California state law also protects the rights of nursing parents to breastfeed in any public place. In fact, while public breastfeeding is protected under state rather than federal law, these laws exist in all 50 states. A separate state law that went into effect in January 2020, Article 4 66271.5 – 66281.7 of the Equity in Higher Education Act, specifies that:
“The California Community Colleges and the California State University shall, and a satellite campus of these systems and the University of California are encouraged to, provide reasonable accommodations on their respective campuses for a lactating student to express breast milk, breast-feed an infant child, or address other needs related to breast-feeding.”
The list of reasonable accommodations provided in the law includes excused breaks or absence from class to nurse or pump, without academic penalties, and with permission to make up any work missed. In Mares’s case, she didn’t even need to miss class; she just needed permission to turn her camera off.
Accommodating Students Who Are Nursing Mothers Is Best Practice
Regardless of the legal technicalities and requirements for accommodating nursing mothers, it is clearly a best practice for supporting equity in education. Portland State University currently offers 13 lactation rooms across campus, providing an online interactive Google Map of their locations, as well as family-friendly study and break spaces on campus for use by student parents and their children.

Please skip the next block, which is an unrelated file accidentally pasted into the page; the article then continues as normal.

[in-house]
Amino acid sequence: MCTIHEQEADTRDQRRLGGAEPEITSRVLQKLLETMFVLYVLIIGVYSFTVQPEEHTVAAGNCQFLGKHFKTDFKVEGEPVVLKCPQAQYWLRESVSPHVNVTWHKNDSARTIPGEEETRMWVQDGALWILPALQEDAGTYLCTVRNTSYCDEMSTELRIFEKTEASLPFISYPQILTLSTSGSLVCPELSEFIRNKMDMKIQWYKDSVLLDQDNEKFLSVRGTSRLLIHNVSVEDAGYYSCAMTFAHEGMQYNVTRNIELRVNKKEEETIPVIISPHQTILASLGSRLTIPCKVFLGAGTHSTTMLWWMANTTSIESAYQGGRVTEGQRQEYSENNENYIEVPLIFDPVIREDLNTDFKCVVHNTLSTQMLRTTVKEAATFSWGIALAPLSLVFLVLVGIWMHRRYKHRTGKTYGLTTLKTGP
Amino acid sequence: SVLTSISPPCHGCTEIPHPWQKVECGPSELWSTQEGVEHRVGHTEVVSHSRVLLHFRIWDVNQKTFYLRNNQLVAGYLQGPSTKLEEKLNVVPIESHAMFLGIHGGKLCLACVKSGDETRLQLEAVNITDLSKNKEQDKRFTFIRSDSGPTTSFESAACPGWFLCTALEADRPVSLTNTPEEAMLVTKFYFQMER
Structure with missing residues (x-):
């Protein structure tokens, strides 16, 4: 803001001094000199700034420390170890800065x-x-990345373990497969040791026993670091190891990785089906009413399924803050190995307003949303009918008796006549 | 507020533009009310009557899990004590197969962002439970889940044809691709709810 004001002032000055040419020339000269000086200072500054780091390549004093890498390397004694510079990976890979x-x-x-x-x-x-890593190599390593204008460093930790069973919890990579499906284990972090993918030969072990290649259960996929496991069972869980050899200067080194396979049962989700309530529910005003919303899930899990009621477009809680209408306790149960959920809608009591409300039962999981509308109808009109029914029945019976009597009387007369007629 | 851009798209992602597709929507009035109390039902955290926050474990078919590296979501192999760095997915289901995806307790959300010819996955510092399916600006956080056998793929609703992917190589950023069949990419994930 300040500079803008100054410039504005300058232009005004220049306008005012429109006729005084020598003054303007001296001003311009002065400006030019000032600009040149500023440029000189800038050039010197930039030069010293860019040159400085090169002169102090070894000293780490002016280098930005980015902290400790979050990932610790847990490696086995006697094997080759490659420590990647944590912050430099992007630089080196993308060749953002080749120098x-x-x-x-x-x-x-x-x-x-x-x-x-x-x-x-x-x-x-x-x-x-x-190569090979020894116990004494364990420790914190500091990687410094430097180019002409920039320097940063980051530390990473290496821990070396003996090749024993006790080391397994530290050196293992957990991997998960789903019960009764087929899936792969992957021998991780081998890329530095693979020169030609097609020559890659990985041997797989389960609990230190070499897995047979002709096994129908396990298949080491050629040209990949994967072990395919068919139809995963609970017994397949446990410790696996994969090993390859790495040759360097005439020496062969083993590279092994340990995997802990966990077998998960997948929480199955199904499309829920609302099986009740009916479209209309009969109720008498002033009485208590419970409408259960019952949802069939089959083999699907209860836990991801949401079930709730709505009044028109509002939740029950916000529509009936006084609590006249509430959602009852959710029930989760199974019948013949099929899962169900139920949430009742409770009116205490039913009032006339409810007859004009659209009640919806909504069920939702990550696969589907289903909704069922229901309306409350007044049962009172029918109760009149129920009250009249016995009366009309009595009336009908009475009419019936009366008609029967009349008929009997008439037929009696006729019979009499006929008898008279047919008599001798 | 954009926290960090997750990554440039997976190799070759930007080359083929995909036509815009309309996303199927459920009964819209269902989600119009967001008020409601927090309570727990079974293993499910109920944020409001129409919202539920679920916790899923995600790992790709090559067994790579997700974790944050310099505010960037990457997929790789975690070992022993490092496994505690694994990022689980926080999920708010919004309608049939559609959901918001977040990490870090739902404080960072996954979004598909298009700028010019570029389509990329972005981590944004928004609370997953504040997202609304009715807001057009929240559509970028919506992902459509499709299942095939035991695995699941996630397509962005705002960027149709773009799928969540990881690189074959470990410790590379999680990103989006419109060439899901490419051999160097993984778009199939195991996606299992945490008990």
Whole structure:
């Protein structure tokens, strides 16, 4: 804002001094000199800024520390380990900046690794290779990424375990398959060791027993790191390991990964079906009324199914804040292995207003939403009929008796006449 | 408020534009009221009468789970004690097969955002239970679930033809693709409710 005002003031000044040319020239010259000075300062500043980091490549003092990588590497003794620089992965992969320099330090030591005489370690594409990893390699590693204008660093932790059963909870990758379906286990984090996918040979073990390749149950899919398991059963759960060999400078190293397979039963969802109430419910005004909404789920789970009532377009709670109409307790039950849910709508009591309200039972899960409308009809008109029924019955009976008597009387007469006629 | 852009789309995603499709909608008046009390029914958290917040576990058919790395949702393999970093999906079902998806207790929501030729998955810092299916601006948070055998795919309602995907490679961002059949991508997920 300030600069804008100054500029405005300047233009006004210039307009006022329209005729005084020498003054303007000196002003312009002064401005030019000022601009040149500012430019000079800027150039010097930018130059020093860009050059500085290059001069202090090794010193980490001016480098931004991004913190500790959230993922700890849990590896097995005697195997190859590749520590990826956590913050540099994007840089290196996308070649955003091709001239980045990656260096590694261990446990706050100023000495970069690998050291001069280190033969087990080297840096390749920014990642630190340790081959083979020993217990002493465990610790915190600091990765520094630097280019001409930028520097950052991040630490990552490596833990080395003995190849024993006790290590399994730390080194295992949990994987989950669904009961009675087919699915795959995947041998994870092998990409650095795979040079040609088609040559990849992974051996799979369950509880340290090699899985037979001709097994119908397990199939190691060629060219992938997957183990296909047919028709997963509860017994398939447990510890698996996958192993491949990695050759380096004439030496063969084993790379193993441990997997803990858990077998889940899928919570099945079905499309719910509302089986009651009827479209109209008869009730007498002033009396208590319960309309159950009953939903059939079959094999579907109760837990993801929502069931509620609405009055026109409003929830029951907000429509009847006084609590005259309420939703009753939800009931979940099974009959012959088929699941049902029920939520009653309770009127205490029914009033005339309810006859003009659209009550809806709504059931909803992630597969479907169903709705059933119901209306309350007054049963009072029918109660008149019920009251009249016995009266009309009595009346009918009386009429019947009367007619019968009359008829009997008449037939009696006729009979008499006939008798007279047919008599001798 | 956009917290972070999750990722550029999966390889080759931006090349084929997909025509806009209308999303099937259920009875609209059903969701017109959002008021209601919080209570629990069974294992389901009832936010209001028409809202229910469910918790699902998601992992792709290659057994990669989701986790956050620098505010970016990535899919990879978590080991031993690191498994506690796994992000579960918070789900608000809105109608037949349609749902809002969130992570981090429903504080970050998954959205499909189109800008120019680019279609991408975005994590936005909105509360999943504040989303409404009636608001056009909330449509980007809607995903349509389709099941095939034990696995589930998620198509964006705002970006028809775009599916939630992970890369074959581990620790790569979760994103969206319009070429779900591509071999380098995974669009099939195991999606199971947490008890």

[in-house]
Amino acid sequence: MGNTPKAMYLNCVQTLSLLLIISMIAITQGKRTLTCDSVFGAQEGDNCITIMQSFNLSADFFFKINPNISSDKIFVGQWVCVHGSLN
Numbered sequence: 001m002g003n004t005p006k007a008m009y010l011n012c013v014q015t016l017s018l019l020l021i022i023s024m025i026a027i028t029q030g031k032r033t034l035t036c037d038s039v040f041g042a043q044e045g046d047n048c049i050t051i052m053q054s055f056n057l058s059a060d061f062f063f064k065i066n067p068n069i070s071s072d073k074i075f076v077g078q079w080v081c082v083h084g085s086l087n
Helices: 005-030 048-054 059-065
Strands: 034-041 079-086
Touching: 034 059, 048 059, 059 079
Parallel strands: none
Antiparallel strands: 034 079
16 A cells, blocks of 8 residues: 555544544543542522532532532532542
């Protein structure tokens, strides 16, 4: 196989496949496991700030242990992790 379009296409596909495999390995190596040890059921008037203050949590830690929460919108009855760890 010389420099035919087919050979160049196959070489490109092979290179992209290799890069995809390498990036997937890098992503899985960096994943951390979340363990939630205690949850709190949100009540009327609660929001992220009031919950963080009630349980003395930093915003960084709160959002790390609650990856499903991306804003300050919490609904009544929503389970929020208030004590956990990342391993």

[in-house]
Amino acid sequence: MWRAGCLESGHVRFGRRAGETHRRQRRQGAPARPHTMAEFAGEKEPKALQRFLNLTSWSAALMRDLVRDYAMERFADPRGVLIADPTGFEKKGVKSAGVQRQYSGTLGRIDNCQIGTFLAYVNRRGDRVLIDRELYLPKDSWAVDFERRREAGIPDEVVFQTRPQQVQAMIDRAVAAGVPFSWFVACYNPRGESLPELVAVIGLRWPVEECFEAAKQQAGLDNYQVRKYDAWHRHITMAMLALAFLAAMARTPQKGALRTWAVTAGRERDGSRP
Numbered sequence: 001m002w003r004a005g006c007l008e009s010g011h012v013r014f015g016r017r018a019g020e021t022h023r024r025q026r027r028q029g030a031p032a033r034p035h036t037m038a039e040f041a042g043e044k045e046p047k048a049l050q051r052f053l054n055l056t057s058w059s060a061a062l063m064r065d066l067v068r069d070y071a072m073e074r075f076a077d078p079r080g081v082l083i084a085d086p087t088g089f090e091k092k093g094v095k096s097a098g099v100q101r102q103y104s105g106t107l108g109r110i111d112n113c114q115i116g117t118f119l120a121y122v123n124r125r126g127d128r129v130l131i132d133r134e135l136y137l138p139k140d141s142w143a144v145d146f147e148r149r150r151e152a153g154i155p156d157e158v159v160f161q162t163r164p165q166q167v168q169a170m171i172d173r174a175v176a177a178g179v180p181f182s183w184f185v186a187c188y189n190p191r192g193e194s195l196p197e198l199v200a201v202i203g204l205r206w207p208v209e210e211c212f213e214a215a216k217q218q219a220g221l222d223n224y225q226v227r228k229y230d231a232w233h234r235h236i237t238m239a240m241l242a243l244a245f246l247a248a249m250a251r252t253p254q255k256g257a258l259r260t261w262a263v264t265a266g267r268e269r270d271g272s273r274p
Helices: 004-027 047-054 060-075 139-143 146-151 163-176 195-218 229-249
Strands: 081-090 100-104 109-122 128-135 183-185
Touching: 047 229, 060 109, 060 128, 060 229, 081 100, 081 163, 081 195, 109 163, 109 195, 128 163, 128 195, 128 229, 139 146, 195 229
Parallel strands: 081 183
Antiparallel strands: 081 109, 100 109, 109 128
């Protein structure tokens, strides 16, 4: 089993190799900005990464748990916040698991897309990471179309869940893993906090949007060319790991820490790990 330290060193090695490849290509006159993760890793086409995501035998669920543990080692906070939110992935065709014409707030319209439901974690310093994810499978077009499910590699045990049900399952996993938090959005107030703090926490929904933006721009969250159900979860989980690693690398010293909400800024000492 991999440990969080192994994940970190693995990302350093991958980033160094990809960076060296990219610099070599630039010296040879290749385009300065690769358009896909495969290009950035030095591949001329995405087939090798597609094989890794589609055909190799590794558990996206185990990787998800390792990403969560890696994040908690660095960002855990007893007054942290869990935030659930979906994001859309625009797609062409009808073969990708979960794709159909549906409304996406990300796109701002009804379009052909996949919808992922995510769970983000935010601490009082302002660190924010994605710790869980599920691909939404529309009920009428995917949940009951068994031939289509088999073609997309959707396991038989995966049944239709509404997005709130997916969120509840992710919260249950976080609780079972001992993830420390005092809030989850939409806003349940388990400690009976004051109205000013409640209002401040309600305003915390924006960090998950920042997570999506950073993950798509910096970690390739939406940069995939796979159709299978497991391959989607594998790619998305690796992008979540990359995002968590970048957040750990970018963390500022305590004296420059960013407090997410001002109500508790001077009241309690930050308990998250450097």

PSU’s Resource Center for Students with Children operates, stocks, cleans and maintains the lactation rooms and supplies, also offering additional services including free breast pumps for home use, new baby welcome kits, diapers, wipes, refrigerators and other resources. A lactation and child care support specialist is on staff to provide additional support and ensure that nursing students are aware of both the on- and off-campus resources available to them. College policy also requires that new large construction projects on campus include new lactation and family-friendly spaces.
But many of these on-campus resources and accommodations are now irrelevant under the new remote learning contexts mandated by the COVID-19 crisis. This leaves students like Mares at the mercy of their instructors—many of whom do not know about the laws and protections for pregnant and parenting students.
These topics should be covered in faculty and staff trainings on Title IX, but unfortunately, they are often not mentioned or glossed over. Title IX statements in syllabi templates should also include information about protections for pregnant and parenting students as a standard of best practice; however, finding institutions that have implemented this policy within syllabi templates is rare.
As the boundaries between school and family become further blurred for student parents studying and attending class from home, educators must become informed about basic protections.
They must also consider how their teaching and learning strategies can be more inclusive and equitable for students who are parents in ways that reach beyond the baseline requirements of the law.